Cloudy's Corner


Cloudy gets to live a safe and happy life indoors from now on, but there are plenty of cats in New York City just like her who still need help.

How Can You Help?

By far the best way to help stray and feral cats is to support TNR (Trap, Neuter, Return) efforts. Rescuers all over the city are helping community cats by trapping them, spaying and neutering them, getting them veterinary care, and then either releasing them back to where they live or finding them forever homes (depending on whether or not the cat can be socialized). While TNR rescuers across the five boroughs are constantly hard at work, these people are volunteers, most of them working full-time jobs on top of their work with community cats. You can help these rescuers by donating your time or resources. Here are just a few ways you can help:

  1. Making donations to rescuers
  2. Sending rescuers supplies like cat food, litter, medicine, treats, and toys
  3. Volunteering to watch cat traps
  4. Transporting cats to and from appointments, fosters, and adopters
  5. Offering to assist rescuers with administrative tasks like record-keeping and coordinating appointments
  6. Volunteering to socialize feral cats and kittens
  7. Fostering cats and kittens
  8. Spreading the word about cats and kittens that need fosters or adopters
  9. Getting certified in TNR, if you'd like to become a rescuer yourself

Helping with TNR efforts can look like many different things, and anything you can do to help makes a difference.

Unfortunately, even though TNR professionals aim to help all kinds of cats, friendly, healthy kittens usually get much more attention from the public than older cats, cats with behavioral issues, or cats with illnesses. Offering to foster or socialize these "less popular" cats can make a huge difference in their lives. Cats like Cloudy--shy, adult, and with a chronic illness like FIV--are just as deserving of a loving home as any friendly, playful kitten. Rescuers don't have the time or resources to socialize every single adult stray they come across, but if others take an interest in these cats and do what they can to help them, these cats can have a chance at a better life. Cloudy may be a standoffish cat, but earning her love has been one of the most valuable experiences of my life, and most people wouldn't know she has FIV unless I mentioned it. The truth is that with proper veterinary care, many FIV+ cats live long, happy lives.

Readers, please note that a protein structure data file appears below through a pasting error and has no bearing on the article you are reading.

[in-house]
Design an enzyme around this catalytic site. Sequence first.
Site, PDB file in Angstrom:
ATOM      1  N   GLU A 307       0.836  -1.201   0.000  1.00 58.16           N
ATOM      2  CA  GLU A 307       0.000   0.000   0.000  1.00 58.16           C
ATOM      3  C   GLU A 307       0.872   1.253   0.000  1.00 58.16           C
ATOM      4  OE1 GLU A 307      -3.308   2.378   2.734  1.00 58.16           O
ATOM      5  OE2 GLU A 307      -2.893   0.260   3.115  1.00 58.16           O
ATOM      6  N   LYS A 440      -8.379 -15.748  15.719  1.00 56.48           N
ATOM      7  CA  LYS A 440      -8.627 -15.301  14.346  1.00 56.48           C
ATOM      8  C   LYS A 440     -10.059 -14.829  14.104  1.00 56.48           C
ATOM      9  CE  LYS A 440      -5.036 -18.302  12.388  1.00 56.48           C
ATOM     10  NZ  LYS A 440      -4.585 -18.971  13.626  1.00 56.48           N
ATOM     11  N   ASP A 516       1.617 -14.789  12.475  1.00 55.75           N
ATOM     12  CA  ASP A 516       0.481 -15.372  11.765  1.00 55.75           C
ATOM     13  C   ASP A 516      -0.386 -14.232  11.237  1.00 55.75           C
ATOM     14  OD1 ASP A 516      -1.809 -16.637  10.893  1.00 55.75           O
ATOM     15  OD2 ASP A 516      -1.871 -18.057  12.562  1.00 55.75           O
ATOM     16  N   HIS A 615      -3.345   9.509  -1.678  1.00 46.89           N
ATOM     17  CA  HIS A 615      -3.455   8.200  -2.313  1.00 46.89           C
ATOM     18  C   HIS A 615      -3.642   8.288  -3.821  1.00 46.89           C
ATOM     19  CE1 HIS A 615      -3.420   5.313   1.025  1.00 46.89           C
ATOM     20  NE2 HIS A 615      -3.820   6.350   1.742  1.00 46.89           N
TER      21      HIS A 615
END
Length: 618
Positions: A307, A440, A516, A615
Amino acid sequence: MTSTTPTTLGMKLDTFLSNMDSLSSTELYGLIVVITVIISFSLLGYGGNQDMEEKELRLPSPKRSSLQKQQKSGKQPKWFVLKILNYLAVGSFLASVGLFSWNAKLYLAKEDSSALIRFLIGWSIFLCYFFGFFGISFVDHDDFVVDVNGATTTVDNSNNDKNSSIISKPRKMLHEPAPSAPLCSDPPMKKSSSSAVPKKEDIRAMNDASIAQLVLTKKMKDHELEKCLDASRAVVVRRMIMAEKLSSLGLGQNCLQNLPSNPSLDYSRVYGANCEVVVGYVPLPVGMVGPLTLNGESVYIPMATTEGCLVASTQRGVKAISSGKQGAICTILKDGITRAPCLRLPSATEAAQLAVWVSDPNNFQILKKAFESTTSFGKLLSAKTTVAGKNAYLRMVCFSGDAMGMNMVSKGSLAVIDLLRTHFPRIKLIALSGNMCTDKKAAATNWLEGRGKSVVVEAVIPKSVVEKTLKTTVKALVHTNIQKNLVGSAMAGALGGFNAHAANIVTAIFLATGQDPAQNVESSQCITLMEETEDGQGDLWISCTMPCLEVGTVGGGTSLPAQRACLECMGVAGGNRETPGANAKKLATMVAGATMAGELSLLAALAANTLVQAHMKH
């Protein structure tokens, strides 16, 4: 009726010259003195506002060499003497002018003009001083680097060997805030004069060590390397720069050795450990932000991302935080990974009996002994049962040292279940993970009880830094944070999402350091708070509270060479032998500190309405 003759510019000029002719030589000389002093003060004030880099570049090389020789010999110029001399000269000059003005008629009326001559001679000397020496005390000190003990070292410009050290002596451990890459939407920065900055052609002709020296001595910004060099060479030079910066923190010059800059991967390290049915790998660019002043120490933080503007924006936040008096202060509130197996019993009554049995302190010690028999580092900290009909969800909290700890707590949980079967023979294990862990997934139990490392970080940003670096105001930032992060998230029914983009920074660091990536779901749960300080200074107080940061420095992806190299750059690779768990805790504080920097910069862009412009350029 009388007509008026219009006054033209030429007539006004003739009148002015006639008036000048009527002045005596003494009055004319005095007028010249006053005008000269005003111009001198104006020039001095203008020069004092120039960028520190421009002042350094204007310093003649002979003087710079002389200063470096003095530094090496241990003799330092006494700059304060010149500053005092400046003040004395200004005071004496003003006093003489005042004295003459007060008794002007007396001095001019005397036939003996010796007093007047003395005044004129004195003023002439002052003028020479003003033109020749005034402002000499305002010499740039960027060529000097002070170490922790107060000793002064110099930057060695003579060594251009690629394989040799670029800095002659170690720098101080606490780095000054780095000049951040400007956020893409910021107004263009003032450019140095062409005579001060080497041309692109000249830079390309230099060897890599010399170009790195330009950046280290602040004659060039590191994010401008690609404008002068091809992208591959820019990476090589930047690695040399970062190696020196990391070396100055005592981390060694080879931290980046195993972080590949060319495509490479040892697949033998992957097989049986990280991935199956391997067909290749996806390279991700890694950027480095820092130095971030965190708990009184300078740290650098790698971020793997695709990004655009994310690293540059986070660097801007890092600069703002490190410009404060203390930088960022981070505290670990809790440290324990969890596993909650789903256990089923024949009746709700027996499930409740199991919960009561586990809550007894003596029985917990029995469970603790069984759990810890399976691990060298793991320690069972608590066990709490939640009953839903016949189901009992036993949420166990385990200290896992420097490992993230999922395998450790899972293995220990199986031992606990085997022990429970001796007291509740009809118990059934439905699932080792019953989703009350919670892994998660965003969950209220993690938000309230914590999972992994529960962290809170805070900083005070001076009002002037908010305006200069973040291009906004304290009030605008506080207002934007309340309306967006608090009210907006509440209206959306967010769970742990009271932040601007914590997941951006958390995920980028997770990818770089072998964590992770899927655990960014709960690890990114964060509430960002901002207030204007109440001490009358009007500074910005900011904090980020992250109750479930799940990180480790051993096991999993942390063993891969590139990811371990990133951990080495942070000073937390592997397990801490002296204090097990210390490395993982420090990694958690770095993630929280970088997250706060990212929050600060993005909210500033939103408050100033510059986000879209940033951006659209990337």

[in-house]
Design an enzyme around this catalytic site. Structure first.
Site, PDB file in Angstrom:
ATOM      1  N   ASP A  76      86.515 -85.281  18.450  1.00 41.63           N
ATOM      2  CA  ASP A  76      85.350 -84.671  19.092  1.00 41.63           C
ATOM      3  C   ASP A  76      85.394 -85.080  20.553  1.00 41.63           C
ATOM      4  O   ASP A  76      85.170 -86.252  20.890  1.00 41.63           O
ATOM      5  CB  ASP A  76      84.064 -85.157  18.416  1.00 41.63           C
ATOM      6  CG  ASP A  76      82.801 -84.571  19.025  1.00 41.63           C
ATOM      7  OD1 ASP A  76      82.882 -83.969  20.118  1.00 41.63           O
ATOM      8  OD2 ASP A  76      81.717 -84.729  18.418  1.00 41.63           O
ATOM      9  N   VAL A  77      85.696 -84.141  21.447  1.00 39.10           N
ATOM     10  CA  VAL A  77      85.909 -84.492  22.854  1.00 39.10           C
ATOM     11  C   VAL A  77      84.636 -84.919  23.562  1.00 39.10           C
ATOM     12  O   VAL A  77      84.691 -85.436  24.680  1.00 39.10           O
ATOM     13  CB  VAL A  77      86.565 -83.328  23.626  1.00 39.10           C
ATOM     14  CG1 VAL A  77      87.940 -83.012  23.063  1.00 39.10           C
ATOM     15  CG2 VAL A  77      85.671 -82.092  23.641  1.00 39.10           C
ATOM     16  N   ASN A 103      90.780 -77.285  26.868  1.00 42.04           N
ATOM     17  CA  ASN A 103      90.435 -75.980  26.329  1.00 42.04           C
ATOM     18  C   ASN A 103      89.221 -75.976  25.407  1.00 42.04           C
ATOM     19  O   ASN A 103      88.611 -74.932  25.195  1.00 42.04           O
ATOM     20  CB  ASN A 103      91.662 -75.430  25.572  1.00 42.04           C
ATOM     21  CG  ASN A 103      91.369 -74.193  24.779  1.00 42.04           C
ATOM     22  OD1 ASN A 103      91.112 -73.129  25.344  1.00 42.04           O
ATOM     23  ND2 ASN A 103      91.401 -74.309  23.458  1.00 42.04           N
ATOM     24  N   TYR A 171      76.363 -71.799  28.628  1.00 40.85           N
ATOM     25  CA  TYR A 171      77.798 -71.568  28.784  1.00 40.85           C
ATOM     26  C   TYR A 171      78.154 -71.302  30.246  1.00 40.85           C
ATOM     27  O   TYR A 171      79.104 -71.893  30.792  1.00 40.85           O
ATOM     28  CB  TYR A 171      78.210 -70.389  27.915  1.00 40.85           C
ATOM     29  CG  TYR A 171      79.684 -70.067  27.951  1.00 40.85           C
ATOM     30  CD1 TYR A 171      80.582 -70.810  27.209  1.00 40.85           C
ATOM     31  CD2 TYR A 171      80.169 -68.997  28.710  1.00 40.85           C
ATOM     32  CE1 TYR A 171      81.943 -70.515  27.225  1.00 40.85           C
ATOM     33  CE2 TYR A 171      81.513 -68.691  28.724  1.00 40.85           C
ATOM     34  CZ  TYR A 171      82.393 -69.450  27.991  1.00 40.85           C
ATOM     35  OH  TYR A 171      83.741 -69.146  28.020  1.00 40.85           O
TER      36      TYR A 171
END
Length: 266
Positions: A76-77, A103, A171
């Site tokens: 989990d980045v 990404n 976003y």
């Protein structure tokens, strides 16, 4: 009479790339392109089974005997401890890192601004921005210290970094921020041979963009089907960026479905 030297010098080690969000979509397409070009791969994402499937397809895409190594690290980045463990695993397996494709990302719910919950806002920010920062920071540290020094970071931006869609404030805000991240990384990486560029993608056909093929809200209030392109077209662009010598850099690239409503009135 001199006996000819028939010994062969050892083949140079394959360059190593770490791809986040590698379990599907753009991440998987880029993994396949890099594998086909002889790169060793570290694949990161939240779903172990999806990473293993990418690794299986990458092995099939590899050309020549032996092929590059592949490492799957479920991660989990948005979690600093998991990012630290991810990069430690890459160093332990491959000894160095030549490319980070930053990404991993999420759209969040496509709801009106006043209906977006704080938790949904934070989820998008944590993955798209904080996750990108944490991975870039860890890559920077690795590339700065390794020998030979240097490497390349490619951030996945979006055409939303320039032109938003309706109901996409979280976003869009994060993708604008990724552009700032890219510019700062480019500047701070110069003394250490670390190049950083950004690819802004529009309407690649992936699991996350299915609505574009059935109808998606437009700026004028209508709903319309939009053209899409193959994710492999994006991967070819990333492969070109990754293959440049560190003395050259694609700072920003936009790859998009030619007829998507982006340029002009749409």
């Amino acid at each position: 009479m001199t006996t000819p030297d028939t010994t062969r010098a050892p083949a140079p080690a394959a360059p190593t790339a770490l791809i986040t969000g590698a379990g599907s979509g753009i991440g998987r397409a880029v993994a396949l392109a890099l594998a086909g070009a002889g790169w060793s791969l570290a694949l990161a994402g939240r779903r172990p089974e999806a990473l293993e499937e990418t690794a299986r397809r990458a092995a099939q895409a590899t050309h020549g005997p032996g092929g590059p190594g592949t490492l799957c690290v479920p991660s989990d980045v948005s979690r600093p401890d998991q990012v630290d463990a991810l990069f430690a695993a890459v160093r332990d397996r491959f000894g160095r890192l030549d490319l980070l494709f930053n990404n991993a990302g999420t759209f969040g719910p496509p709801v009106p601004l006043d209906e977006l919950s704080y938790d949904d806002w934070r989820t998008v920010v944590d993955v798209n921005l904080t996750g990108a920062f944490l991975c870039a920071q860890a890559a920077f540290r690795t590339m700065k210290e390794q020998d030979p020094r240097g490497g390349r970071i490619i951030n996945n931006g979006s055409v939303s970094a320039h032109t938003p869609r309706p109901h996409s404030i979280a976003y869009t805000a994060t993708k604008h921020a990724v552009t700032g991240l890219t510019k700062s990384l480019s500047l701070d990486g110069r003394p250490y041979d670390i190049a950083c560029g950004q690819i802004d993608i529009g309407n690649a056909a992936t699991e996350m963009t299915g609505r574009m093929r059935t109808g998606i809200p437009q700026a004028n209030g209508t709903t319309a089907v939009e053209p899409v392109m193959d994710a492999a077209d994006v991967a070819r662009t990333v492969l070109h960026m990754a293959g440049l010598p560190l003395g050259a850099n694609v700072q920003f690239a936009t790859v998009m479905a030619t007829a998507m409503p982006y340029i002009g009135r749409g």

Below is a table of resources for people who want to help New York City's stray and feral cats and their caretakers. This is only a small number of resources out there--if you're interested in this issue, I encourage you to do more research!

Resource Name Description Link
Neighborhood Cats TNR Certification Workshop Neighborhood Cats is a NYC organization that offers $10 workshops for those who want to get TNR certified.
Cat Stats NYC Run by Neighborhood Cats, Cat Stats is a database where people can register the cat colonies they care for. This helps keep track of the number and locations of community cats in NYC.
ASPCA Spay/Neuter Clinic for Rescue Professionals The ASPCA offers free spay and neuter services to all TNR certified residents of New York City.
The Feral Cat Initiative Founded as a Mayor's Alliance for NYC's Animals program, the New York City Feral Cat Initiative is now run by Bideawee, a NYC shelter. NYCFCI provides free information, services, and support to rescuers and people interested in helping cats all over the city. They have a 7-days-per-week help desk, which can be contacted via phone or online form.
The Toby Project The Toby Project offers free and low-cost spay and neuter services via their mobile clinics. They have a clinic in Bensonhurst, Brooklyn that is specifically for free spay and neuter of feral cats.
TNR Flyer This flyer, created by Brooklyn Animal Action, outlines what you should do if you have feral cats in your area and how TNR helps cats and the communities they live in. Feel free to print and distribute the flyer!
NYC Area TNR Organizations Bideawee put together this list of TNR organizations in all five boroughs as well as on Long Island and in the Greater NYC area.
Alley Cat Allies Founded in 1990, Alley Cat Allies spearheaded the rise in popularity of TNR in New York City and across the USA. More than 30 years later, they're still working to protect cats.